"one man's trash” being “another man's treasure" to a whole new level. For them, nearly everyone’s trash is treasure and, potentially, art.
Since 2014, McFalls and Swindler have traveled to universities across the country to collaborate with students on exhibits in which castoffs from various art departments, studios and even dumpsters are turned into abstract works of art. At Boise State University, the seventh edition of New Residue is on display through Thursday, March 16, in the Liberal Arts Building Visual Arts Center, and features pieces made from wood, plastic, kozo paper, neon, ceramic and more.
"It started from photographs," explained McFalls, a sculptor and associate professor of art at Columbus State University in Columbus, Georgia. "I’d take a photograph, and I’d send it to [Swindler], he’d alter the photograph digitally—so we’re talking about a digital kind of phone tag you could say. He would alter it, then I would alter it, and it would go back and forth."
- Lex Nelson
- Several of the installation pieces in New Residue are huge: This one, featuring crumpled plastic and paper supported by zip-tied beams, is easily 10 feet high.
"So when you look at this," McFalls said, pointing to a giant wall-hanging made from a painted dropcloth over a crazy quilt of colorful, taped-together shapes, "[it’s] the residue of those altered photographs."
- Lex Nelson
- The bottom layer of this piece is made from prints of the photographs that inspired New Residue, which Boise State art students cut up and reassembled.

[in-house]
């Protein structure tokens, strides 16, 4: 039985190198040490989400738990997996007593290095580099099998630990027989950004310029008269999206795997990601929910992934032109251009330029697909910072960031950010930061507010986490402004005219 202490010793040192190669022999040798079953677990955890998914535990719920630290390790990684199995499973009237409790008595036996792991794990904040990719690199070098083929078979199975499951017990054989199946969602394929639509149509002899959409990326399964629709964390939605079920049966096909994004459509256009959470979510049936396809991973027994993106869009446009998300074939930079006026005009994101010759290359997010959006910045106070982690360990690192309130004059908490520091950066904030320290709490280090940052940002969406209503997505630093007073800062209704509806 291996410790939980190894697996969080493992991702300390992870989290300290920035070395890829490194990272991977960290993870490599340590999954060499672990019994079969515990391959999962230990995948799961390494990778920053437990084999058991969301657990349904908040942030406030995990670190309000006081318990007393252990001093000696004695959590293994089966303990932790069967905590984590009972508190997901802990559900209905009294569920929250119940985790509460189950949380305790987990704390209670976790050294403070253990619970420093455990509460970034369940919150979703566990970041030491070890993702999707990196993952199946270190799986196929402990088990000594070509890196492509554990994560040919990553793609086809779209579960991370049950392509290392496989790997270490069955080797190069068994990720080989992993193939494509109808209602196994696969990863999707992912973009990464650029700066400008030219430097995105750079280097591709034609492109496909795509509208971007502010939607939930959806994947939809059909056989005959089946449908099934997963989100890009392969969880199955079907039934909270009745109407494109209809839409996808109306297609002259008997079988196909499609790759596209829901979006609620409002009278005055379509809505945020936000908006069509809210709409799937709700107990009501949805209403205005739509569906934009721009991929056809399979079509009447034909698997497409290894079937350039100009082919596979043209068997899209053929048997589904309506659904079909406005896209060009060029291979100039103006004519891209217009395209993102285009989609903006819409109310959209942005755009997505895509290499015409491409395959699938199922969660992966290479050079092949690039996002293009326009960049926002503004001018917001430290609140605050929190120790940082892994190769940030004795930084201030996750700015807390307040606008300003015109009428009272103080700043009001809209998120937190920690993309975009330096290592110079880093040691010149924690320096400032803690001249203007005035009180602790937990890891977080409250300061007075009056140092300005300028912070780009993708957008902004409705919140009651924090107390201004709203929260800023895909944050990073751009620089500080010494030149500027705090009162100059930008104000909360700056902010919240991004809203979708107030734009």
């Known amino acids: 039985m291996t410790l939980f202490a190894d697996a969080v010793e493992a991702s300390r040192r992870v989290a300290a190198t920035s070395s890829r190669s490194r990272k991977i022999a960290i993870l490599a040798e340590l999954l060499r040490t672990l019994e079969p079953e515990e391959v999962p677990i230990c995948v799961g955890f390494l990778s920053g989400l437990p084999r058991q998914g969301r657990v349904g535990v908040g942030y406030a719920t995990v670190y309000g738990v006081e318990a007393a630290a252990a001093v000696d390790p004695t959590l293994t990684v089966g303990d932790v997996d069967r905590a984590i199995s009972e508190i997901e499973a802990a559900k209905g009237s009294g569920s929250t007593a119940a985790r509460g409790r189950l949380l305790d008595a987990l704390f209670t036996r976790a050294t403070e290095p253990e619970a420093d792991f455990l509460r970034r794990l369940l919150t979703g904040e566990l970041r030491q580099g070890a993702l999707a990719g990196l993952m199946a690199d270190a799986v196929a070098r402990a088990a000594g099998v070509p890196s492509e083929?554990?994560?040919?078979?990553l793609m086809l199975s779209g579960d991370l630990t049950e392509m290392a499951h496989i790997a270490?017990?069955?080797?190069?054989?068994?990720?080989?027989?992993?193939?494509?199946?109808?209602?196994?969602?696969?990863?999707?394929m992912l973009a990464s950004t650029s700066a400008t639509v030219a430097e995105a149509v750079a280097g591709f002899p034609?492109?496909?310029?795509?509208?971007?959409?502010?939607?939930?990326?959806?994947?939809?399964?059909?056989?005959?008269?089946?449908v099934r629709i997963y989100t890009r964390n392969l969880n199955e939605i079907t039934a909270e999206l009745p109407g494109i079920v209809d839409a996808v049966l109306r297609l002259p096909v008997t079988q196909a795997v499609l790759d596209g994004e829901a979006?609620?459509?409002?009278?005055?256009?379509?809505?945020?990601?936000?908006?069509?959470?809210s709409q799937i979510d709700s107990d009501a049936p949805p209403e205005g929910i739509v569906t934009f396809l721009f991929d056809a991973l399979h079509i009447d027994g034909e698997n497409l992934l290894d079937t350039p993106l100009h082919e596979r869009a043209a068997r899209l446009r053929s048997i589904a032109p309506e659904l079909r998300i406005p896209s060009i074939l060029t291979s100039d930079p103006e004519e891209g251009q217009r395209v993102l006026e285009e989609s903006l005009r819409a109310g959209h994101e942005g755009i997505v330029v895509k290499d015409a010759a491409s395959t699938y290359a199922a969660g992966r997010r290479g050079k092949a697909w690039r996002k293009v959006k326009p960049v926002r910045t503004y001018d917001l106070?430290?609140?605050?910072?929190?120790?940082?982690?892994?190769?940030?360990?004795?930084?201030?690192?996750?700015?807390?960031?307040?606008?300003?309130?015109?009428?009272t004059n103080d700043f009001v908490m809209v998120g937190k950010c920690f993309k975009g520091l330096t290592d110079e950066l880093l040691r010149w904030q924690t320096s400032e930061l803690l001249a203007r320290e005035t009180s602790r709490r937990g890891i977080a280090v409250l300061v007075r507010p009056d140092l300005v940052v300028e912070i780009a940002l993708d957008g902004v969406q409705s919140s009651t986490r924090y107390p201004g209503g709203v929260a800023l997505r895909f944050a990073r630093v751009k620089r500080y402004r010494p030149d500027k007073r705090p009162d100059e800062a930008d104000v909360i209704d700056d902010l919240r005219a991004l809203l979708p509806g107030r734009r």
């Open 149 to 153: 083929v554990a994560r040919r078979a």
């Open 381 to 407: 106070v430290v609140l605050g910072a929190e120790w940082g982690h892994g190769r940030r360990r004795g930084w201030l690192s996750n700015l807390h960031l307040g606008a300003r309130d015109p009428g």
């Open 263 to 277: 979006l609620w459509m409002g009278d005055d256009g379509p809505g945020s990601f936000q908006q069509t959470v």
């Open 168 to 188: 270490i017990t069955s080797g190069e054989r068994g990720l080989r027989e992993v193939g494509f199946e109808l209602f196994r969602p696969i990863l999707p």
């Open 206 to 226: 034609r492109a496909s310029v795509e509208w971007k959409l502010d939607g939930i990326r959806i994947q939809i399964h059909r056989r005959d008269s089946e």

The photographs are just the beginning, though. Not only do McFalls and Swindler bring leftovers of their own work and previous New Residue exhibitions, they also source material from students and professors of whatever school they're visiting. It means, by necessity, the entire exhibition is assembled on-site.
"We built these when we got here, with the students," McFalls said, gesturing to a couple of giant installations made from a jumble of painted wooden beams, plastic sheets and zip ties. "I ordered 150 two-by-twos and one-by-twos, and the first day of class—they kind of looked at me a bit crazy— [I said] 'Just paint them,’ and they’re like, ‘Paint them which way?’ and I’m like, ‘Do what you want, it doesn’t matter. We’re just making marks."
That laissez-faire attitude sums up New Residue in a nutshell. For McFalls, it's all about reminding participating students that art can be fun and playful, as well as serious business—and that it can show up in unlikely places.
- Lex Nelson
- McFalls plucked this piece from the garbage because he felt "the failure was beautiful and kind of pathetic."
The materials used in the Boise State iteration of New Residue came from a variety of unlikely sources: one art professor contributed a giant plastic net she had made, a student volunteered a set of old tent poles, and McFalls even went digging through the garbage, coming out with a sculpture that looked like a sad attempt at a two-headed man. McFalls covered the sculpture with black flocking (velvet-like fibers sprayed onto paint with compressed air) and attached a piece of neon from local shop Rocket Neon to its deformed head.
Caroline Earley, an assistant professor of ceramics at Boise State, considered a table displaying some of her rejected ceramics, which students had covered with black, white and red drips of paint.
“They’re all just experiments that have something wrong with them, or [that] didn’t work,” Earley said. “I have this cupboard in the ceramics studio, and I said [to McFalls], ‘Do you want this? Do you want this? Do you want this?’ and he just said, ‘Yep. Yep. Yep.’”
Earley liked how McFalls, Swindler and the students transformed her work—so much so, she said she intends to buy it back if the other people who were eyeing it didn't get to it first.